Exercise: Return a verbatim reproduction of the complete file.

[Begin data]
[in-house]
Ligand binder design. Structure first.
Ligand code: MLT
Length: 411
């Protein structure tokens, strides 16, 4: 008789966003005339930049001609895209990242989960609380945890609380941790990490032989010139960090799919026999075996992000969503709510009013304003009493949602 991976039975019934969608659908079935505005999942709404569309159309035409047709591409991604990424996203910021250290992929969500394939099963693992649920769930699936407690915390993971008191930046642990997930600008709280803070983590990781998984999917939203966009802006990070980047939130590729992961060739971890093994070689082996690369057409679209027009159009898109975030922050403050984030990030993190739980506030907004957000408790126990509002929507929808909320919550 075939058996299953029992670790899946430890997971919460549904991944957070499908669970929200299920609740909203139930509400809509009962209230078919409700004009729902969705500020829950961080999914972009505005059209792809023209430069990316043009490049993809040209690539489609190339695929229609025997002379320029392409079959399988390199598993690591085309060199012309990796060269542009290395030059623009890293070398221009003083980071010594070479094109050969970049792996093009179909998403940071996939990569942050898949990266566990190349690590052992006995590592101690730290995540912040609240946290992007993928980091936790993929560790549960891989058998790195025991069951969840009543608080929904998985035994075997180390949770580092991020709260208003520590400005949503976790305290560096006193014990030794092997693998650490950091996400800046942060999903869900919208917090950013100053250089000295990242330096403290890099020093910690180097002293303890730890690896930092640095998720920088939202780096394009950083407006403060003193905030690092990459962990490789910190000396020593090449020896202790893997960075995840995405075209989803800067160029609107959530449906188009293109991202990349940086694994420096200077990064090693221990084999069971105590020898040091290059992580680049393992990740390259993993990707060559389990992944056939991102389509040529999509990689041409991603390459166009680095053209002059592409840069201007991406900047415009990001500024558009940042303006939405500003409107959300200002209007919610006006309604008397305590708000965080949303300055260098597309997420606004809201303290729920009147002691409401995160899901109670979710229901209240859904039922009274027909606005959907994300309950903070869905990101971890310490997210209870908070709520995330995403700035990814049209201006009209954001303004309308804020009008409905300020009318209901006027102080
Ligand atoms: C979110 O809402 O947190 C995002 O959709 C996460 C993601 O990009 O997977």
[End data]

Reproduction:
[in-house]
Ligand binder design. Structure first.
Ligand code: MLT
Length: 411
């Protein structure tokens, strides 16, 4: 008789966003005339930049001609895209990242989960609380945890609380941790990490032989010139960090799919026999075996992000969503709510009013304003009493949602 991976039975019934969608659908079935505005999942709404569309159309035409047709591409991604990424996203910021250290992929969500394939099963693992649920769930699936407690915390993971008191930046642990997930600008709280803070983590990781998984999917939203966009802006990070980047939130590729992961060739971890093994070689082996690369057409679209027009159009898109975030922050403050984030990030993190739980506030907004957000408790126990509002929507929808909320919550 075939058996299953029992670790899946430890997971919460549904991944957070499908669970929200299920609740909203139930509400809509009962209230078919409700004009729902969705500020829950961080999914972009505005059209792809023209430069990316043009490049993809040209690539489609190339695929229609025997002379320029392409079959399988390199598993690591085309060199012309990796060269542009290395030059623009890293070398221009003083980071010594070479094109050969970049792996093009179909998403940071996939990569942050898949990266566990190349690590052992006995590592101690730290995540912040609240946290992007993928980091936790993929560790549960891989058998790195025991069951969840009543608080929904998985035994075997180390949770580092991020709260208003520590400005949503976790305290560096006193014990030794092997693998650490950091996400800046942060999903869900919208917090950013100053250089000295990242330096403290890099020093910690180097002293303890730890690896930092640095998720920088939202780096394009950083407006403060003193905030690092990459962990490789910190000396020593090449020896202790893997960075995840995405075209989803800067160029609107959530449906188009293109991202990349940086694994420096200077990064090693221990084999069971105590020898040091290059992580680049393992990740390259993993990707060559389990992944056939991102389509040529999509990689041409991603390459166009680095053209002059592409840069201007991406900047415009990001500024558009940042303006939405500003409107959300200002209007919610006006309604008397305590708000965080949303300055260098597309997420606004809201303290729920009147002691409401995160899901109670979710229901209240859904039922009274027909606005959907994300309950903070869905990101971890310490997210209870908070709520995330995403700035990814049209201006009209954001303004309308804020009008409905300020009318209901006027102080
Ligand atoms: C979110 O809402 O947190 C995002 O959709 C996460 C993601 O990009 O997977």